Seán Óg, Sher­gar, Fran­cis, An­thony and other gods of the small screen

Irish Independent - Weekend Review - - CULTURE - John Boland RAN­SOM SEEK­ERS

If you were look­ing for even a smidgen of de­tach­ment from RTÉ1’s new three-part series, The Game: The Story of Hurl­ing, you had clearly come to the wrong place. “Hurl­ing’s a game for the gods and gods play it,” we were told at the out­set of this week’s first in­stal­ment, and that set the tone for a pro­mo­tional ex­er­cise that brooked no dis­sent from its de­vo­tional pieties.

This, I sup­pose, was to be ex­pected from a series that had been made, as the end ti­tles in­formed us, “with the sup­port of the GAA”, but I’m sure I wasn’t the only viewer to feel some­what alien­ated from the re­peated in­sis­tence on an “iden­tity” that seem­ingly only hurl­ing could be­stow on the na­tion and its in­hab­i­tants.

A suc­ces­sion of sound­bites from the game’s great and good told of the “sa­cred soil” of Croke Park, and of how “no­body owns hurl­ing, hurl­ing just lives”, and, of course, about how it’s an es­sen­tial “part of what we are”, even though that’s not true of my­self or many oth­ers who live in this coun­try.

Vis­ually, Gerry Nel­son’s film was ar­rest­ing, but its re­liance on rev­er­en­tial plat­i­tudes made for a bit of a slog, and it re­ally only came to life at the very end when the Fiji-born Seán Óg Ó hAilpín spoke with real feel­ing about ar­riv­ing in Cork as a boy and only over­com­ing his sense of be­ing an out­sider when he joined his school­mates in the play­ing of hurl­ing — thereby, as he said, on the way to ful­fill­ing “the great­est hu­man need: to be loved and ac­cepted”.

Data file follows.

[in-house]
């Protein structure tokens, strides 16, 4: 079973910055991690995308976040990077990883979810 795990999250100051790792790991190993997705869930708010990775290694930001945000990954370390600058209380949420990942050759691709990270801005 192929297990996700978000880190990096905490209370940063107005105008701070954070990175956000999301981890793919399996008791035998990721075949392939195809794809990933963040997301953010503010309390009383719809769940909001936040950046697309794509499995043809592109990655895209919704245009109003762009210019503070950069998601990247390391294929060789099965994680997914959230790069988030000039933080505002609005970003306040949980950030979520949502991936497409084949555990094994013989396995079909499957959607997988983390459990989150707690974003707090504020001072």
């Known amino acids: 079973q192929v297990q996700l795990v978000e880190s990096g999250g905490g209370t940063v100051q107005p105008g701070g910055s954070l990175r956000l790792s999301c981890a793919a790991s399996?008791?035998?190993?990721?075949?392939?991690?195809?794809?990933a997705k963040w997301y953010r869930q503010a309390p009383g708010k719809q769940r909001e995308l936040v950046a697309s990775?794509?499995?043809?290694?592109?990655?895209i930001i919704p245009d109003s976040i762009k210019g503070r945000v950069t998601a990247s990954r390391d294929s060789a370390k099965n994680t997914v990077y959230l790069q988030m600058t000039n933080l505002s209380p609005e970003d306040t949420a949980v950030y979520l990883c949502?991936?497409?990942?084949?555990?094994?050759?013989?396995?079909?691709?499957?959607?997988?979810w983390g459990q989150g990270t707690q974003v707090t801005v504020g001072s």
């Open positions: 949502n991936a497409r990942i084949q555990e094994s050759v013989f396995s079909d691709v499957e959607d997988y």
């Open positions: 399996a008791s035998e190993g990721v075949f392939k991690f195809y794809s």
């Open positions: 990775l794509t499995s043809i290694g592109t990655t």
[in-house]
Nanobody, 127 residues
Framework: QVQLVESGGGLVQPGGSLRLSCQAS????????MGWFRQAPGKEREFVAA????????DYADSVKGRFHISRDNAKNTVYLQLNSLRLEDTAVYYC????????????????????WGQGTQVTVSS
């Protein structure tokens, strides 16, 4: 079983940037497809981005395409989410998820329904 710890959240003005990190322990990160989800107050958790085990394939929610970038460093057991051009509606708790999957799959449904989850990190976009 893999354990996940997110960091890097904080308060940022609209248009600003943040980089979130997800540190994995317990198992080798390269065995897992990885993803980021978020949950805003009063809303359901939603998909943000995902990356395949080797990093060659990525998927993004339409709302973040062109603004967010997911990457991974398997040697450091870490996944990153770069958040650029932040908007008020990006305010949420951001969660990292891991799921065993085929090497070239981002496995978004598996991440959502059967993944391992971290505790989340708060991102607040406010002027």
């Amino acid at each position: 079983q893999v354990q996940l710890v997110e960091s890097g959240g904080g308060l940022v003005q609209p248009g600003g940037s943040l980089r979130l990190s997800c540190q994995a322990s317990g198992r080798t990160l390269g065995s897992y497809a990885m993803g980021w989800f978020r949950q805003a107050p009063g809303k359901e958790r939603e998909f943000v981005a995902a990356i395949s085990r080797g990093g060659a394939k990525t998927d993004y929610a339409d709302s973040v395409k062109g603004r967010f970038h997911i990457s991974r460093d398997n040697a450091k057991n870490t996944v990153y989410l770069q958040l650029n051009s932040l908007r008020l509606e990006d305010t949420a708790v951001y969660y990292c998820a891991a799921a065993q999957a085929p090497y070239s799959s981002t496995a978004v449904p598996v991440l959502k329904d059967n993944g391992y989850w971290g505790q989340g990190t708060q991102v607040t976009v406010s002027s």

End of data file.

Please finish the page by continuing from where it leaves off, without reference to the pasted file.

This out­stand­ing Cork player was also the sub­ject of this week’s An Lá a Ru­gadh Mé (TG4), in which Harry McGee in­ter­views celebri­ties who were born on a par­tic­u­lar day. Ó hAilpín was born on May 22, 1977, and this led McGee to send him off to Skel­lig Michael, sim­ply be­cause the first Star Wars was re­leased in 1977 and part of the lat­est one was filmed on this for­bid­ding rock off the Kerry coast.

He was also re­quired to meet Johnny Giles, just be­cause Giles re­tired as a player in 1977, but the whole half-hour was as silly as it was ar­bi­trary and Ó hAilpín never got to reg­is­ter as more than a will­ing, if slightly be­mused, par­tic­i­pant.

In Search­ing for Sher­gar (RTÉ1/BBC2), re­porter Ali­son Mil­lar tried to frame the story as a mys­tery, even though every dog in the street has long been as­sured that the IRA kid­napped the great race­horse from Bal­ly­many stud in 1983 — a fact con­firmed at the end of this film by for­mer IRA in­tel­li­gence chief Kieran Con­way.

Along the way, though, Mil­lar in­tro­duced us to Sher­gar’s for­mer vet Stan Cos­grove, who in 2004 had pub­licly vowed, “I never want to hear about that horse ever again”, but who now, af­ter a glass or two of wine, spoke freely to the re­porter about the calami­ties that be­fell him af­ter he agreed to go along with a botched garda at­tempt to ar­rest some ran­som seek­ers.